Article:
There was a fella, fella I want to tell you about. He was the man for his time and place‚ÄĒjust about the time of our conflict with the Germans. Some say he was a tramp, but this tramp stood up to aggression and gave us what some could argue is the greatest speech of all time. Seventeen years after the first movie with sound was released, this fella Charlie Chaplin finally decided to say something. And in his first speaking part ever, he offered one of the most poignant orations in any movie before or since.
In 1940 Charlie Chaplin released his first ‚Äútalkie‚ÄĚ: The Great Dictator. The movie follows the exploits of a hapless barber caught up in the struggles of a pre-war Europe. Set in the fictional nation of Tomania it is obvious that the setting and the film‚Äôs antagonist Hynkel are stand-ins for Nazi Germany and Adolph Hitler.
It was truly courageous to parody Hitler on the eve of WWII. Risking ridicule and censorship, Chaplin put 1.5 million of his own dollars on the line to produce what would become his highest-grossing film ever.
Both the barber and Hynkel are played by Chaplin, but the two couldn‚Äôt be more different: power mad dictator Hynkel is bent on becoming Emperor of the world, while the barber just wants to find love and live a simple life. After suffering twenty years of amnesia from wounds received in the previous war, the Jewish barber finds him self in a world torn by hate and violence, a world he cannot comprehend. Confronted with the senseless oppression of the Jewish community, the barber finds him self compelled to fight back against his antagonists, employing the trademark slapstick style for which Chaplin was so beloved.
Like The Big Lebowski, The Great Dictator takes us on a misadventure filled with hilarious gags separated by weighty moments of reflection. Chaplin engages the viewer with serious questions about how we treat each other, and then releases us with side splitting laughs. With a keen eye for the comedy of the human condition, Chaplin delivers a profound and riveting story without forsaking hilarity.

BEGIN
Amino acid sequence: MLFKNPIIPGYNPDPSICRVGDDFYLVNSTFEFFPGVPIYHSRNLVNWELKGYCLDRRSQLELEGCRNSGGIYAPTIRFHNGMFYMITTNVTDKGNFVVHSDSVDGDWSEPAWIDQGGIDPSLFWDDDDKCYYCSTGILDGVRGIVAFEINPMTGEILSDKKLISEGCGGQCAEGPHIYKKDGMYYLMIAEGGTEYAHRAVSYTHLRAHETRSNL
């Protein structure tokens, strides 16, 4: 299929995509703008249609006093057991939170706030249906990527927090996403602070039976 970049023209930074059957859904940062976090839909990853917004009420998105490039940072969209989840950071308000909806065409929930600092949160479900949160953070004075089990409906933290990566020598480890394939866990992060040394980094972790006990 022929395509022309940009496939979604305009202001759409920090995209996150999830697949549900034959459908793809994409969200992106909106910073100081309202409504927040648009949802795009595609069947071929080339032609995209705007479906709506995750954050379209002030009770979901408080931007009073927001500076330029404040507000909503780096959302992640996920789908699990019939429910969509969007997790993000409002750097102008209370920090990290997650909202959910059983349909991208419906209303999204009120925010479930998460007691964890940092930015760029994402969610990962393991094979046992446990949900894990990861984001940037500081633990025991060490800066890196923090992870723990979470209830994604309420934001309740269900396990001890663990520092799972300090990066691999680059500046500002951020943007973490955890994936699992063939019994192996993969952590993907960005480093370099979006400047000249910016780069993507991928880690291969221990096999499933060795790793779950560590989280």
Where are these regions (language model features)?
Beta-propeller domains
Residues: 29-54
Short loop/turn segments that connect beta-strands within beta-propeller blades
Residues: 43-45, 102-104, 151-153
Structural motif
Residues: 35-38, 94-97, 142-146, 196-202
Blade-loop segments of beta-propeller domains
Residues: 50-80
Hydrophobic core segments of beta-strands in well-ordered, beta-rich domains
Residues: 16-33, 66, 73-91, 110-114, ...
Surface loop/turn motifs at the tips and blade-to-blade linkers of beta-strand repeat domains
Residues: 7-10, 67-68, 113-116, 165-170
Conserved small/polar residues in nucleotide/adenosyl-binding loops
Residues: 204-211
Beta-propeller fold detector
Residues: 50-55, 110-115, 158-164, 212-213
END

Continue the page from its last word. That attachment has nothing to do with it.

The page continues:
Yet aside from its overall merits, what truly sets The Great Dictator apart from ordinary films is the grand finale. After escaping a concentration camp the Jewish barber is mistaken for the dictator Hynkel. This happens amidst the annexing of ‚ÄúOsterlich‚ÄĚ (Obviously Austria, or √Ėsterreich in German) by Tomania and Hynkel. The uncanny resemblance (Chaplin played both roles) leads to the barber being brought to the podium to give a victory speech:
As the reluctant barber finds himself forced to address the newly conquered nation he begins with soft and humble claims of not wanting to rule anybody. He wants to help everyone if he could, he says that people are like that, that ‚Äúwe want to live by each other‚Äôs happiness, not by each other‚Äôs misery.‚ÄĚ As he speaks, this simple and compassionate character finds his voice, finds a voice that resonates with the hope of a humanity crying out for tolerance and reason. What follows is nearly mystical in it‚Äôs complete embrace of the human condition and our shared dreams of a free and beautiful world.
Chaplin reminds us in this speech that the people have the power to reject the fear-mongering of their leaders and ‚Äúmake this life a wonderful adventure.‚ÄĚ He points out that our technology can create many remarkable things, and if used wisely can bring peace and prosperity to all, but more than cleverness we need love and compassion. He tells us how the Earth is rich and can support us all as long as we leave greed behind. He warns us of those who promise us freedom and security‚ÄĒthey are too-often making claims they don‚Äôt intend to honor.
For decades Chaplin was silent, but when he finally did speak he brought forth a stirring call to humanity, a call to reason and compassion. Chaplin gave us a speech that is as true and moving today as it was then, when the world teetered on the brink of war, division and social and economic collapse.
As we head into a difficult future faced with rapid change and increasing conflict, it‚Äôs worth revisiting this miraculous speech and honoring the extraordinary dudeness of a man who ennobled a type of character which heretofore had been considered beneath contempt. The bums will not always lose. In fact, they can often help turn our worlds right-side up.
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